You know how Valheim has spooky little mounds that spawn infinite enemies? And you know how you can use your hoe to move earth around and create, say, a pillar? And you know how it’s possible to surround that pillar with, say, campfires? And build, say, a fence around all of that? You can probably see where this is going.
In many ways, Valheim is a game about collecting supplies, and to the developers’ credit, they’ve made the process remarkably enjoyable. But after a while, you just want to have enough logs and rocks on hand to build whatever you want, in perpetuity. That in mind, I must applaud the subtle genius of Valheim player Leathermattress’s “Greydwarf Toaster 5,000.”
It is, more or less, what I outlined above: A player-created pillar beneath a Greydwarf spawn point, surrounded by fire, with fences to keep everything nice and tidy. Greydwarves spawn, immediately fall into the fire, burn to death, and poof into a pile of sticks and rocks, as is their wont. Then you swoop in and collect said sticks and rocks as needed. The Greydwarves are born to die so that you may live in a slightly bigger house.
You might be concerned: Isn’t this heinously immoral? To that, I reply: Yes, but also Greydwarves are annoying jerks, just like Greylings. So you can, through the ancient art of mental gymnastics, convince yourself that there’s still a shred of good left in you. On a more practical level, you might also be concerned that keeping these fires going will cost more wood than it’ll generate. On that front, you’re in luck: According to Leathermattress, the system produces a net gain of wood.
“Absolutely,” they said on Reddit in response to a question about whether the Greydwarf Toaster 5,000 produces more wood than it uses. “Do a loop to restock the campfires, then I’m at max capacity taking wood/stone back to base after another couple of loops and discarding whatever I don’t want.”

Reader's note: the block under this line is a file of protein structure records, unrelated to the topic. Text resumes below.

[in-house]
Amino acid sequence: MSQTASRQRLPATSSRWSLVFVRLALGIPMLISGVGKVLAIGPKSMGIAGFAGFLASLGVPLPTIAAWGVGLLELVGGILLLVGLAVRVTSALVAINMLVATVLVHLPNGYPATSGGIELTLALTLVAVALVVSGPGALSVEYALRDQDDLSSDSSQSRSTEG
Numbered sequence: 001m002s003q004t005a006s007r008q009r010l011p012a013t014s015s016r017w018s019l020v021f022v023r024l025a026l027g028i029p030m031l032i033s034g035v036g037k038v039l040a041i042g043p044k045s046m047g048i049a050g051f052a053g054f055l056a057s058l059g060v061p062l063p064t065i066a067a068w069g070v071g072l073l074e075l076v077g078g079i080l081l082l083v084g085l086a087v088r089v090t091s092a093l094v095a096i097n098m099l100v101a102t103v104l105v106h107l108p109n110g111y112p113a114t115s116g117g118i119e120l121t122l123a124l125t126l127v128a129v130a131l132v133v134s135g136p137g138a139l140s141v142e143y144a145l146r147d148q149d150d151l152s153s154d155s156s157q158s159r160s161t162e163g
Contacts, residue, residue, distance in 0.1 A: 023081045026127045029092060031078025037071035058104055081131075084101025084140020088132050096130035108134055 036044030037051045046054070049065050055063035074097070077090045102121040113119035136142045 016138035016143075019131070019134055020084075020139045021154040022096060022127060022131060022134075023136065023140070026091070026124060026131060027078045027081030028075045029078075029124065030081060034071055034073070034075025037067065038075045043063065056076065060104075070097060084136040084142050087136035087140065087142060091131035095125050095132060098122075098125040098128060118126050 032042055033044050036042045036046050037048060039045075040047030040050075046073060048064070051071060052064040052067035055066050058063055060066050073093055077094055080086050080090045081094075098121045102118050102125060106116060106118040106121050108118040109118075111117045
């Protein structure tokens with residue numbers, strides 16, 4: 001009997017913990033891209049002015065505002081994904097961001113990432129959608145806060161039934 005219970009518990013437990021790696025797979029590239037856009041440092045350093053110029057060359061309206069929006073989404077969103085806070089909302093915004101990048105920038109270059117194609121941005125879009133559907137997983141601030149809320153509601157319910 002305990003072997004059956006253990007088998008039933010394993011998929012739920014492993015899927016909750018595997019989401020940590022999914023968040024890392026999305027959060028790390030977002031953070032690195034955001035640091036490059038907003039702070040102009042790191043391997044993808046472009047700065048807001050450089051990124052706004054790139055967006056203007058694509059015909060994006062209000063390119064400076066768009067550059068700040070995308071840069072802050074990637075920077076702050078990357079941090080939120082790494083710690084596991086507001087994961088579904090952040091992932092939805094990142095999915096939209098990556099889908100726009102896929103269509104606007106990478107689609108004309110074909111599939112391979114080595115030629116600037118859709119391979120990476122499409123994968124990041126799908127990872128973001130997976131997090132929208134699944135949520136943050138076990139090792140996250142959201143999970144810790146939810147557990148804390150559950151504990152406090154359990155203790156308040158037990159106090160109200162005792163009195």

Theoretically, this system could work with many different kinds of spawn points, as long as you’re armoured up enough to endure more powerful enemies wailing on you while you create the pillar. Granted, it might be simpler to just collect, say, Draugr entrails as needed, rather than going through the trouble of doing this with a Draugr spawn, but if you’re already here, reading a whole post about infernal enemy incineration engines, you’re probably past the point of caring about simplicity anyway.
If you’ve played even just several seconds of Valheim, you despise Greylings. They’re awful little tree stump goblins who smack you once, then run away with an infuriating spring in their step, like they’ve stolen candy from your pockets. In the game’s early goings, they’re everywhere. One brave player has...Read more
Survival is a term you hear a lot in video games, but what does it actually mean? For some, it’s all about crafting and base building. Or eating and sleeping. Or razing other people’s bases in the cold, cruel night. For others, it might mean a totally different genre — ...Read more
Valheim rules. Exploring is fun, building is fun, kiting trolls around islands while crying quietly to yourself as you tap dance on the razor’s edge of death is fun. But nothing is perfect, especially not early access games. So I don’t think we need to kid ourselves here: Valheim’s inventory...Read more